Since the latest eruption began in 1983, Kilauea Volcano has been adding new land to the Big Island rather steadily—except when a big shelf of recently cooled lava rock suddenly breaks off and crashes into the sea. Sometimes, molten lava will ooze from outbreaks on the southeast flank of Kilauea, until it meets the ocean, cools, and solidifies into a new ragged, rugged stretch of coastline. It's fire, earth, and water: creation at its most elemental. And if you are lucky
(volcano permitting) you can watch it happen. If you do nothing else on the Big Island, do the volcano.
Hawaii Volcanoes National Park sprawls over 520 square miles and encompasses Kilauea and Mauna Loa, two of the five volcanoes that formed the Big Island nearly half a million years ago.
Kilauea, the youngest and most rambunctious of Hawaii's volcanoes, has erupted intermittently at its summit from the 19th century through the present, sometimes slowing to near inactivity.
Kilauea's eastern side has been percolating since January 3, 1983, often sending lava downslope into the ocean, primarily from the Puu Oo Vent. The lava flows are generally steady and slow, appearing above ground and disappearing into subterranean lava tubes. And the volcano doesn't only create, it destroys. In the late '80s and early '90s, lava flows engulfed and demolished the coastal town of Kalapana, and homes continue to be lost to slow-moving lava flows to this day.
The caldera at the summit of Kilauea is a contrast of lush rainforest surrounding a massive gray and black pit (about 2 miles in diameter) that pushes out plumes of steam and volcanic gas. It is an eerie, awe-inspiring sight.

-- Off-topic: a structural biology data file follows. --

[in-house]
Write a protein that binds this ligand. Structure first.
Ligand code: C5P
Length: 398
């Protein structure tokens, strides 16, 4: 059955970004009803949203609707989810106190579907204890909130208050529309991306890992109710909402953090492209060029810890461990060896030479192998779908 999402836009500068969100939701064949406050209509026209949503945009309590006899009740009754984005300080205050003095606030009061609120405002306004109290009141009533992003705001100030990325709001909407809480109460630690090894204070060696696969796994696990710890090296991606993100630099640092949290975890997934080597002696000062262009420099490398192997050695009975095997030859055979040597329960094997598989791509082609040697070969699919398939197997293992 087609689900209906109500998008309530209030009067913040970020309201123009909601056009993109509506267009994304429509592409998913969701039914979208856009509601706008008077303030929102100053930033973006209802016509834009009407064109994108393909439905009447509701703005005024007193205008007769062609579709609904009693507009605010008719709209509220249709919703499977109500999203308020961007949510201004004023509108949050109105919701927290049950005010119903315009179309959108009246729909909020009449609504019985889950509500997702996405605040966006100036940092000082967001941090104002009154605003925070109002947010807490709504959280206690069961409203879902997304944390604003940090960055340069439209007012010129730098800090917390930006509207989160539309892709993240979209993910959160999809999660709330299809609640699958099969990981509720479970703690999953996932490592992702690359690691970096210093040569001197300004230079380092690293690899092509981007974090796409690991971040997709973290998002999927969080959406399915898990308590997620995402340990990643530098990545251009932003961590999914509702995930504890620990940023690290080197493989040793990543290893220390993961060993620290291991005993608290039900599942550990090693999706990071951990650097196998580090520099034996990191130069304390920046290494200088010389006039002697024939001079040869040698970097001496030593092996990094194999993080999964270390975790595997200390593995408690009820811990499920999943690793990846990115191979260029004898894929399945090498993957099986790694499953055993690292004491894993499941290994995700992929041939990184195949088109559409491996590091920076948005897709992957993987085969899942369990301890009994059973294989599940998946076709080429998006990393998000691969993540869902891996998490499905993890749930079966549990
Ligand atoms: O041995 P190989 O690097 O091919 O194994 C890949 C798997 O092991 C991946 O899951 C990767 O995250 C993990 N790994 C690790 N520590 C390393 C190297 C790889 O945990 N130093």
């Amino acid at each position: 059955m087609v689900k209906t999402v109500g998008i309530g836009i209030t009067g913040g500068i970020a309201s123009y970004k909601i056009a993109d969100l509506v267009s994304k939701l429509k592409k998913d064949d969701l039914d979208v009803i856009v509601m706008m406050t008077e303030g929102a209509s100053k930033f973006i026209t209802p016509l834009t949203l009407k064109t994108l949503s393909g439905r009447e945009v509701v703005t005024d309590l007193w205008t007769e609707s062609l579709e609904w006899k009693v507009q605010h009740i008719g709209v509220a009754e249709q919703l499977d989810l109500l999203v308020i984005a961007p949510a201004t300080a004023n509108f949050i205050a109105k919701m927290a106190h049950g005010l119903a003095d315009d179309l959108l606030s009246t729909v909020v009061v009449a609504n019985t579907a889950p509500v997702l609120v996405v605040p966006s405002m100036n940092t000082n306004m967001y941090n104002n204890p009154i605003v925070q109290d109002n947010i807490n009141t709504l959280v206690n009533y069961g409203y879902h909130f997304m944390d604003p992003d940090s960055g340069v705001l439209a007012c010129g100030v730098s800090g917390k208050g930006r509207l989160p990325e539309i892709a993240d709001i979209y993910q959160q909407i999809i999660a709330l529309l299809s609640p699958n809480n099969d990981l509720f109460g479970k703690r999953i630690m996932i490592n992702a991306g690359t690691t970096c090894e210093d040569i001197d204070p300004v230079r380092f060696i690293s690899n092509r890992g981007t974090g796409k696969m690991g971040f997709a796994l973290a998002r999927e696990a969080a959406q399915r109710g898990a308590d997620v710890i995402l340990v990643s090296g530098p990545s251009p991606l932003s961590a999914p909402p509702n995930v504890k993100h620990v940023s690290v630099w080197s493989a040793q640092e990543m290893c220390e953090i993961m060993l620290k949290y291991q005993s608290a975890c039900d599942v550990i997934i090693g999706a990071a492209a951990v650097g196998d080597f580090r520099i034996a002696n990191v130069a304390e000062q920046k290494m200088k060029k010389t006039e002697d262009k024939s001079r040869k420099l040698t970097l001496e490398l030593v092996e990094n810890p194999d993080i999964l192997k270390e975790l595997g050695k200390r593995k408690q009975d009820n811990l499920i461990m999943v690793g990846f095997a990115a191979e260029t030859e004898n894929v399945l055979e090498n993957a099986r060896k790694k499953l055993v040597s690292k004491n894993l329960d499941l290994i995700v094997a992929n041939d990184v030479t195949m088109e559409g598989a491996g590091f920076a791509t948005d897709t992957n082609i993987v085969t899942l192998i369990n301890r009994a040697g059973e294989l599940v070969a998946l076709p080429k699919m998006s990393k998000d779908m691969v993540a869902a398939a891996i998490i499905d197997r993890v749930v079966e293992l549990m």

Within and around the caldera are several smaller craters—at this writing Halemaumau Crater was erupting—and excellent hiking trails. Try the moderate Kilauea Iki Crater Rim hike, which takes you around the edge and then down across the floor of the crater. You won't see lava but there is still plenty of steam emitting from cracks in the earth.
No matter what you decide to do, Hawaii Volcanoes National Park is a top place to visit in Hawaii. Even if lava-viewing conditions aren't ideal, you can hike and camp amid wide expanses of aa (rough) and pahoehoe (smooth) lava, a fascinating experience. (Be sure to obtain a backcountry pass.)
Begin your visit to the park at the Kilauea Visitor Center, which has maps, books, and DVDs; information on trails, ranger-led walks, and special events; and current weather, road, and lava-viewing conditions, as well as bulletins about that day's activities.
Hwy. 11, Volcano, Hawaii, 96718, United States
Feb 8, 2011
We went here this past weekend. We enjoyed the museum area. What is not being told to the public is that the lava has now gone onto private property. The owners are charging $50 to go onto their property to access the lava. Be warned!
Jul 19, 2007
Wow. That's what you will say over and over agin during your visit. My husband and I could have stayed an entire week easily just in this park. The landscape is so rugged and eerie, just unforgettable. We didn't see flowing lava while we were there but there was so many amazing things to see, we were not disapointed in the least. Some of the hikes were tough but well worth it especially to see the petroglyphs!
May 8, 2007
If you're interested in endless craters with nothing in them, or have an interest in geology, this place is for you. If you're there to see an actual volcano eruption and active lava flow, you're not going to see it here. So don't waste the limited precious time you have, and take a helicopter tour (I recommend Blue Hawaiian) where they will take you to the mouth of the volcano enabling you to see the actual eruption, lava flow and see it hitting
the water forming a black sand beach right before your eyes (the helicopter actually becomes hot, but no need to worry, they have an excellent safety record). The big saving grace of this park is the reasonable price--$10 for the whole week. I know my review will be sacreligious for a lot of people because this place is a popular destination, but we had people on the helicopter tour who felt the same way (like they wasted their time at the park when they could only see the activity from the helicopter anyway)